—————

OPC:
An OPC page asks the Question:
Does your denomination permit its members to join the Masons and other similar fraternities? What in general is the OPC's position regarding Freemasonry?

The second paragraph of the Answer states,
“It can be said that the OPC stands firmly against membership in the Masonic Lodge, but doesn't have a constitutional bar against Freemasons being members of the church. It is safe to say that there are no ministers in our church who are members of the Lodge. And, to the best of my knowledge, there are presently no ruling elders who are Masons.”

Basically I think that their position is that it is up to the elders of a particular church:
“There may be unordained members who are Masons. The reason for allowing them to be members of the church is that Christians may be Masons (on their assumption that there is nothing religious in Masonry). However, should the elders of any given church refuse to admit those who are Masons, they would be within their rights to reject them because the preponderant position of the church is that Masonry is religious in nature.”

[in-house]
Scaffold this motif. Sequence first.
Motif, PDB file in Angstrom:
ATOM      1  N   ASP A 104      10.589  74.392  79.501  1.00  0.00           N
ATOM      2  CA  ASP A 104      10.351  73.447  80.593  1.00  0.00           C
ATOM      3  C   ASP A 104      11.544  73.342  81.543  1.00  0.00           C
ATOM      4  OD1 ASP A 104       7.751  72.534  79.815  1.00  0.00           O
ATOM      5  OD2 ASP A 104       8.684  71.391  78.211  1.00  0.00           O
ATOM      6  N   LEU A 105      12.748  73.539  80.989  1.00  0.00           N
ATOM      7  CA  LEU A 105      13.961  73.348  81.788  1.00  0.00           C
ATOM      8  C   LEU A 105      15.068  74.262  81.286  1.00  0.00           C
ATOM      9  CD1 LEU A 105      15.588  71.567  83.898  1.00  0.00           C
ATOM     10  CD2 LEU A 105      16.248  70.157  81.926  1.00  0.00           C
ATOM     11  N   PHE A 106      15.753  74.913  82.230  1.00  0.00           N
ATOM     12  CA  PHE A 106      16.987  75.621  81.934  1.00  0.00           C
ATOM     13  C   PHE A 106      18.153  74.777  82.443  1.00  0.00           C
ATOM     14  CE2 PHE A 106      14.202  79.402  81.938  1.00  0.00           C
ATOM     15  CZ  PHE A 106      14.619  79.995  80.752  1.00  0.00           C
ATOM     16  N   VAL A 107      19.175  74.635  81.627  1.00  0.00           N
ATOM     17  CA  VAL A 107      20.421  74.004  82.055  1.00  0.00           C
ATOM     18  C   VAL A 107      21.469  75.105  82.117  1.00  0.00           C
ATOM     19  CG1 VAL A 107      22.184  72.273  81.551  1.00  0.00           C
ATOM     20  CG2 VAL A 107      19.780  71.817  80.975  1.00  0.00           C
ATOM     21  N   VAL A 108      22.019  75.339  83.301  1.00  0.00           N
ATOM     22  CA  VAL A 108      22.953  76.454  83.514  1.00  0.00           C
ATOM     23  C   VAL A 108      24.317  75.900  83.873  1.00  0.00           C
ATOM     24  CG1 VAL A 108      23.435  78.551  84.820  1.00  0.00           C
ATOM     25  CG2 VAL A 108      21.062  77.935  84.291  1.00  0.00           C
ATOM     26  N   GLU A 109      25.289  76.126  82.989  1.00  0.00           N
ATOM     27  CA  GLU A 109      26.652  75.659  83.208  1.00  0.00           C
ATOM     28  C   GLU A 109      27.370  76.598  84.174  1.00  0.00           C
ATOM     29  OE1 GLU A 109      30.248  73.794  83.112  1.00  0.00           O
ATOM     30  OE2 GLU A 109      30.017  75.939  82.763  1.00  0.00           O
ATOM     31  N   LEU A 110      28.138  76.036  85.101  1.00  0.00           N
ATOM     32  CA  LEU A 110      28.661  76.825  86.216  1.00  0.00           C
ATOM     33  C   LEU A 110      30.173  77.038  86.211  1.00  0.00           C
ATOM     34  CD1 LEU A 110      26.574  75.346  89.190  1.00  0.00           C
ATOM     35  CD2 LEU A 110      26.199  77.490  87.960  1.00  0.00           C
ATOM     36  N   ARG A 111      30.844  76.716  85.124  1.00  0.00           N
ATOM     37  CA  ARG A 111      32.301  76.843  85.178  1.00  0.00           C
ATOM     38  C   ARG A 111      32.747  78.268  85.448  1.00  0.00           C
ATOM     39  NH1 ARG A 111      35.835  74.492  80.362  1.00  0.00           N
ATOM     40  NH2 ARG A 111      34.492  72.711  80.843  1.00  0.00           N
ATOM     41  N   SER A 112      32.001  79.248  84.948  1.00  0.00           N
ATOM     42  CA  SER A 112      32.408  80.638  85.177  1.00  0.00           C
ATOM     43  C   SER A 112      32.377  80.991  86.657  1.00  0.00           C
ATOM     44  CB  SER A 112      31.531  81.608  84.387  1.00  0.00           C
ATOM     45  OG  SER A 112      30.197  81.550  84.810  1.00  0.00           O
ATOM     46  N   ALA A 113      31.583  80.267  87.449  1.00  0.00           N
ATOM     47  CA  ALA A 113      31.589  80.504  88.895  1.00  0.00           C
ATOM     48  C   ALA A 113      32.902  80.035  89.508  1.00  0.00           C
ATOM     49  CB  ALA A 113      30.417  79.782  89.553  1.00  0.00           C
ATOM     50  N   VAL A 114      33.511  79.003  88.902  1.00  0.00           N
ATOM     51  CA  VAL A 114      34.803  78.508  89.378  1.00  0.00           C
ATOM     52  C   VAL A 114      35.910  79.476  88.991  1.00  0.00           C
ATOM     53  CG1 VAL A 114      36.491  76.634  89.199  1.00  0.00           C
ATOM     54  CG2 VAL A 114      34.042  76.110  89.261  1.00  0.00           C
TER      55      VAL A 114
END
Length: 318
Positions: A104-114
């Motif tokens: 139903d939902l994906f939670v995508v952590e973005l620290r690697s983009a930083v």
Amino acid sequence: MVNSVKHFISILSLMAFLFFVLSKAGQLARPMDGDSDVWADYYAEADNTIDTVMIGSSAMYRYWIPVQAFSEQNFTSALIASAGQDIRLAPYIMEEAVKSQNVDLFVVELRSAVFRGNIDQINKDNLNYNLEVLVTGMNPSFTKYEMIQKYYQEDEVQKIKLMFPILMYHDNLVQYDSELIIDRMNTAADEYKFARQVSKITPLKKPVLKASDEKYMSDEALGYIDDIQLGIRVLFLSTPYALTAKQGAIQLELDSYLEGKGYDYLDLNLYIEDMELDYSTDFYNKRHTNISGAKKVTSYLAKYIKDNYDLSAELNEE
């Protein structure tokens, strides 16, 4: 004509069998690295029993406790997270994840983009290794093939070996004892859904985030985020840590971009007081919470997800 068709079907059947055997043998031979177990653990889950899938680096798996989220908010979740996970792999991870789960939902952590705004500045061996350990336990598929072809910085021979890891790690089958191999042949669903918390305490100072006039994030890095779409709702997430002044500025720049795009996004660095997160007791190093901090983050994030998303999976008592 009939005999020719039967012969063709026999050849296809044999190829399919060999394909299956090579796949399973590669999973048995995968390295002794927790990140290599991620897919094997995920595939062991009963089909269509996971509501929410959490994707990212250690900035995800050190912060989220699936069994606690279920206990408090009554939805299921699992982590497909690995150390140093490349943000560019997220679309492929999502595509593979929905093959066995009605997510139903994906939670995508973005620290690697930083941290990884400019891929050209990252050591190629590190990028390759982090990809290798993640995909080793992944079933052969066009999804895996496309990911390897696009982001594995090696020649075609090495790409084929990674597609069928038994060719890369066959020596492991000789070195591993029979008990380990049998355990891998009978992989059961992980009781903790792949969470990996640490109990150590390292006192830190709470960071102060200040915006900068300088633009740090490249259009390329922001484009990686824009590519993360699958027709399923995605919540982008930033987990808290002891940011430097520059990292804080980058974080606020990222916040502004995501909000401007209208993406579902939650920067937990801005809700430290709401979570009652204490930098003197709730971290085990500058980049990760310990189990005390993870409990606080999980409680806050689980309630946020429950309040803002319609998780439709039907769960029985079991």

Here’s another OPC document that ends with the words, “membership in the Masonic fraternity is inconsistent with Christianity.


PCA:
On the page entitled:
Position Papers & Studies of the Presbyterian Church in America, 1973 - 1998

Go down to: The Report of the Ad-Interim Committee to Study Freemasonry (1987) and Report of the Ad-Interim Committee to Study Freemasonry (1988)

A site I visited claims that the PCA GA April 15-16, 1988 forbids members from being members of a Masonic organization
Freemasonry
: What Christian Churches Really Think!

Presbyterian Church of America:
“No one shall be received into membership into a PCA church who is a member of a Masonic organization. Present members of a church in the PCA who are members of a Masonic organization will be given a period of one year to read the report of the Committee to Study Freemasonry, pray and consider their membership in the Order in light of the clear statement of incompatibility of Freemasonry with Biblical Christianity. After said year, they will be allowed to resign membership or become the subject of formal church discipline.”
(Adopted by the General Assembly of PCA, April 15-16, 1988)